Trying to avoid thoughts of these mishaps, Serena had dove into work. It only made her day worse. Her newest client, Athena an up and coming actress, wanted S.M. Howard & Associates to turn her into the next Beyonce. If they could do it overnight, they'd get a bonus. If not overnight, their deadline was the weekend. Serena had been looking for ideas and ways to get the starlet's name and face in print and video. Obviously, the woman had financial backing. S.M. Howard didn't come cheap and this woman wanted results, and she wanted them fast.

Giving her full attention to Chase, she asked, "Why don't we get out of here early for a change? If I look at this folder again I'll. . ." She left the sentence hanging and stood up. Chase stood too.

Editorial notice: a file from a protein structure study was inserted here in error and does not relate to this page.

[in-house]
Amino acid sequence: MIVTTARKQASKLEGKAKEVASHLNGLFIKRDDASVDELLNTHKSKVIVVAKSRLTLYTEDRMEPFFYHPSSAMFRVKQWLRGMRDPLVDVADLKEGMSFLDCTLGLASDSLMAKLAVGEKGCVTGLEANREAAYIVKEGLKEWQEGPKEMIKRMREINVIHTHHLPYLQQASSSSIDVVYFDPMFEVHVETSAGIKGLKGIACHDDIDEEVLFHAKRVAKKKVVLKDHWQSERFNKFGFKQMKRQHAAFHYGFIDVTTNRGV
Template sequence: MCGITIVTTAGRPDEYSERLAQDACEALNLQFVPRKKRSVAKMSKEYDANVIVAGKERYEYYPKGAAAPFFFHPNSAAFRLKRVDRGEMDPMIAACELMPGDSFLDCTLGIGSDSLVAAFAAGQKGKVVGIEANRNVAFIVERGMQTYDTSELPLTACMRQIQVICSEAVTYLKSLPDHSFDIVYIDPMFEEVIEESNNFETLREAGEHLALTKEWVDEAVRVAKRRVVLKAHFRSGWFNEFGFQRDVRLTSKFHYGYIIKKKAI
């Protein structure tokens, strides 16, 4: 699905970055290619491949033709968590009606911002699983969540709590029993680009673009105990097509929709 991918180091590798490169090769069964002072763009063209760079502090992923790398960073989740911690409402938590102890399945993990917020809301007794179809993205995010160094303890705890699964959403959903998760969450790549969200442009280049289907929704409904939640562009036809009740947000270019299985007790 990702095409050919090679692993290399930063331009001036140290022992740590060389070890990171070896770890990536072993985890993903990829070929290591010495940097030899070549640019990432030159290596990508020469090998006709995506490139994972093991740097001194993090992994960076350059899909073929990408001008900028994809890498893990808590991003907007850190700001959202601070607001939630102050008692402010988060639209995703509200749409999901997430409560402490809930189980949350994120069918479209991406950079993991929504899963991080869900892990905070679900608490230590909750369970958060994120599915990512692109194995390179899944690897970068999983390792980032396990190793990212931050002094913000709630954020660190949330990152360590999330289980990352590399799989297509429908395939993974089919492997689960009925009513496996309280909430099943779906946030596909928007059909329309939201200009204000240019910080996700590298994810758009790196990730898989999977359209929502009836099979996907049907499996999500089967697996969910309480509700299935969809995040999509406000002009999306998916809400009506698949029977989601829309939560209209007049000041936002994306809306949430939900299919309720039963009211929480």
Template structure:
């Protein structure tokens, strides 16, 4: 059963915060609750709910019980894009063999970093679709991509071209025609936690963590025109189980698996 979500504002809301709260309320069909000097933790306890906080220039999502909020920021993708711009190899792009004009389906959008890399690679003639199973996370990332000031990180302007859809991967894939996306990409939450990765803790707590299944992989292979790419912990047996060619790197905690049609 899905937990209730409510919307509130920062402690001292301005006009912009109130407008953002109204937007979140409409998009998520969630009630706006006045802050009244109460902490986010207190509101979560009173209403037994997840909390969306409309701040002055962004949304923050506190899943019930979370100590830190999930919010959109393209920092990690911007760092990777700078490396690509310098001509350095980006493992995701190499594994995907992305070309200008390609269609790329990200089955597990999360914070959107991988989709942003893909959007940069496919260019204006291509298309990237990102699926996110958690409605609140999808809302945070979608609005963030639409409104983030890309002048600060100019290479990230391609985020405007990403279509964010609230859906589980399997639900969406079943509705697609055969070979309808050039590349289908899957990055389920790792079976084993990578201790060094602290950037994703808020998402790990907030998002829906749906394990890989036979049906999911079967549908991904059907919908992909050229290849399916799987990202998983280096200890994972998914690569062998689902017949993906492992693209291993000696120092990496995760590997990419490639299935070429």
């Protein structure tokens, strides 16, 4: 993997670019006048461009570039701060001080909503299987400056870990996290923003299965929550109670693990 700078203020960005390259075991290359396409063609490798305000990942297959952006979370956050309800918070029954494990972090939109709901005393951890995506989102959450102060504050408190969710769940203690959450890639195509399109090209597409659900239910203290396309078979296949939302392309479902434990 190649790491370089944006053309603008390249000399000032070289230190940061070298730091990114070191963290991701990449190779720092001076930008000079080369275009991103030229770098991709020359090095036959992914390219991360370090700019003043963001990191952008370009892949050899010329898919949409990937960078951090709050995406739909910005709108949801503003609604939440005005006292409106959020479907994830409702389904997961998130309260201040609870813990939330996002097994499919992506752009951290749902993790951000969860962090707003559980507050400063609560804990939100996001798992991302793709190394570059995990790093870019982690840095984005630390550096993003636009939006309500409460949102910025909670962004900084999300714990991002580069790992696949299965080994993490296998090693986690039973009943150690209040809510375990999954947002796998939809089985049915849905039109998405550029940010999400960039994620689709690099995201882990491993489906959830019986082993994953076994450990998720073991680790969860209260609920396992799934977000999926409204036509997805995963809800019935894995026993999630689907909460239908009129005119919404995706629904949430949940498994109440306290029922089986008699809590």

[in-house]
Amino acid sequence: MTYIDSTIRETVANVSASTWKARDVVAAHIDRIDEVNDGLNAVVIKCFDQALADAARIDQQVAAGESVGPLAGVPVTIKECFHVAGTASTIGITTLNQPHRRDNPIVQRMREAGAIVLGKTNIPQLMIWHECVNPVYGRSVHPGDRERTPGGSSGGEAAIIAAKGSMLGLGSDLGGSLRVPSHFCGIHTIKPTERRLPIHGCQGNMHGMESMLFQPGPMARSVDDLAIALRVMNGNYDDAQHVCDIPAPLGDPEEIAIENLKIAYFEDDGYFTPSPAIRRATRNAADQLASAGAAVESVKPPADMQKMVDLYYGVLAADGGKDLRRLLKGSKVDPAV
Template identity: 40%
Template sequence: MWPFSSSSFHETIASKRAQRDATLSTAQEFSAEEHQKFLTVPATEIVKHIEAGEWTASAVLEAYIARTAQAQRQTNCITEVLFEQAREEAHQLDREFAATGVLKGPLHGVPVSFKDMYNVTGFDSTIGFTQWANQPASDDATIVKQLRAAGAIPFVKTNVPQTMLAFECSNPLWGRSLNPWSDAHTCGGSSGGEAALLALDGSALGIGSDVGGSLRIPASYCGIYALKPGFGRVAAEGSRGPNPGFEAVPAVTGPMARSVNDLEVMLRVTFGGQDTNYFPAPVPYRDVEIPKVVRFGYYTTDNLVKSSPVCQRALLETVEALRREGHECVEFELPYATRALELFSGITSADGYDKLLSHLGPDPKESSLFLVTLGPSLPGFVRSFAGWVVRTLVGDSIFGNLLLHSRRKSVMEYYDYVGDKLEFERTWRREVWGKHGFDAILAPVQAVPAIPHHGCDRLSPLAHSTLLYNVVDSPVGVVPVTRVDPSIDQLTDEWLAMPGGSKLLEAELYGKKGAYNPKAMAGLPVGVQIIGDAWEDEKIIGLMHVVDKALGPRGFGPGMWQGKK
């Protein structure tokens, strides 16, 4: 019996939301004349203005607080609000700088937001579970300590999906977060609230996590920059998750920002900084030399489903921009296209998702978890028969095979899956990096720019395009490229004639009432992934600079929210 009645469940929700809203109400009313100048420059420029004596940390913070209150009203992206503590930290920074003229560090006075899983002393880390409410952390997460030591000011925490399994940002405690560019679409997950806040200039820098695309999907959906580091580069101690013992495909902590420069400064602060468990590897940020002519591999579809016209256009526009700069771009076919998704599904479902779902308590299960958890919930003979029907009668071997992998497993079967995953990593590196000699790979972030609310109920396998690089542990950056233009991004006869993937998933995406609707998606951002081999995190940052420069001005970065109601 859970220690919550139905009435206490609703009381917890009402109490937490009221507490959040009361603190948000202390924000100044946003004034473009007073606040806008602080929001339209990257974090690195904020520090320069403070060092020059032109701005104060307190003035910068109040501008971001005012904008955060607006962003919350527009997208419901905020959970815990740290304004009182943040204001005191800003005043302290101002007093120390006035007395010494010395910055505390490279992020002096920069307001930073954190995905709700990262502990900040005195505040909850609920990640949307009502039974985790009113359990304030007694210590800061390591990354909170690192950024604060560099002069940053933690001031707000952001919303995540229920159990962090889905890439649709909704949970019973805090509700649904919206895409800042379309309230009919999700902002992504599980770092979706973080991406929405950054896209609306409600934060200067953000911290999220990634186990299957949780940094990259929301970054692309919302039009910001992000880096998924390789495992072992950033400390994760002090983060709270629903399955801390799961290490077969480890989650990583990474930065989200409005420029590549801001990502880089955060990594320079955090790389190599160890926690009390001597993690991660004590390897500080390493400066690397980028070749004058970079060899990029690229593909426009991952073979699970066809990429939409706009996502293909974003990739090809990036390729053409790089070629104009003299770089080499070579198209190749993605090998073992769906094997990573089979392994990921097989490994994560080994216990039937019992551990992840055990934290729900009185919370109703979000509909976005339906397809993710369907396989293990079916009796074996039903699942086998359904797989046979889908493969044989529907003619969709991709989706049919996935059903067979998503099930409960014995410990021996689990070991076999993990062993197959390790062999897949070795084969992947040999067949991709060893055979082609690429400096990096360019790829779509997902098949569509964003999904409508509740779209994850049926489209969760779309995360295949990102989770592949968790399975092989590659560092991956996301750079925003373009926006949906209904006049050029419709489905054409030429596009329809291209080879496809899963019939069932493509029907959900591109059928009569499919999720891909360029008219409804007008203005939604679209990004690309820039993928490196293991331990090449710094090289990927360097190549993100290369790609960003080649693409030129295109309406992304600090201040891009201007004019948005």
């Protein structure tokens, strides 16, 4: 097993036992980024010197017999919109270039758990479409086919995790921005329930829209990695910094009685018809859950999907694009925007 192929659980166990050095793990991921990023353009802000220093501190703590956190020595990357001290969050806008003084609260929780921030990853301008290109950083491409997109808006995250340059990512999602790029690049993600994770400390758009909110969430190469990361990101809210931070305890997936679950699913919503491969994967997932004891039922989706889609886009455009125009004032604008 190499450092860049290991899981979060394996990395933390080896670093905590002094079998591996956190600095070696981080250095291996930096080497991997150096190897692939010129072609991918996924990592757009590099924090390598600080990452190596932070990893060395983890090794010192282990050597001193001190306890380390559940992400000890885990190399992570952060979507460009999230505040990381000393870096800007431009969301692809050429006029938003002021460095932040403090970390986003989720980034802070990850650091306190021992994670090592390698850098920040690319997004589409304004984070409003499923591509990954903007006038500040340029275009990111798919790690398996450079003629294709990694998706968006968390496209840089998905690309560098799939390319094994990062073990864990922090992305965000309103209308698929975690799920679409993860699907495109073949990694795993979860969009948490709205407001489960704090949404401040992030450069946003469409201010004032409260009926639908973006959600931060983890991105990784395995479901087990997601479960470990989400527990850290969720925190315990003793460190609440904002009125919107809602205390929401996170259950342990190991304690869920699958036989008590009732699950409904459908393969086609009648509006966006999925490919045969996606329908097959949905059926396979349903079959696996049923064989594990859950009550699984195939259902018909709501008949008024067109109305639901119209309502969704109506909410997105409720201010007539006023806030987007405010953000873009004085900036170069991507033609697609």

As the two women left the mile-high building in mid-town Manhattan, the cold January wind gusted around them. Serena pulled her coat collar closer to her neck. Chase's comments bothered Serena. She and Peter had been engaged a long time, since they were in college. Actually, they'd become engaged as sophomore's but didn't tell their parents until graduation. That was nearly fifteen years ago. She'd never thought they'd be engaged this long, yet getting married had never been convenient.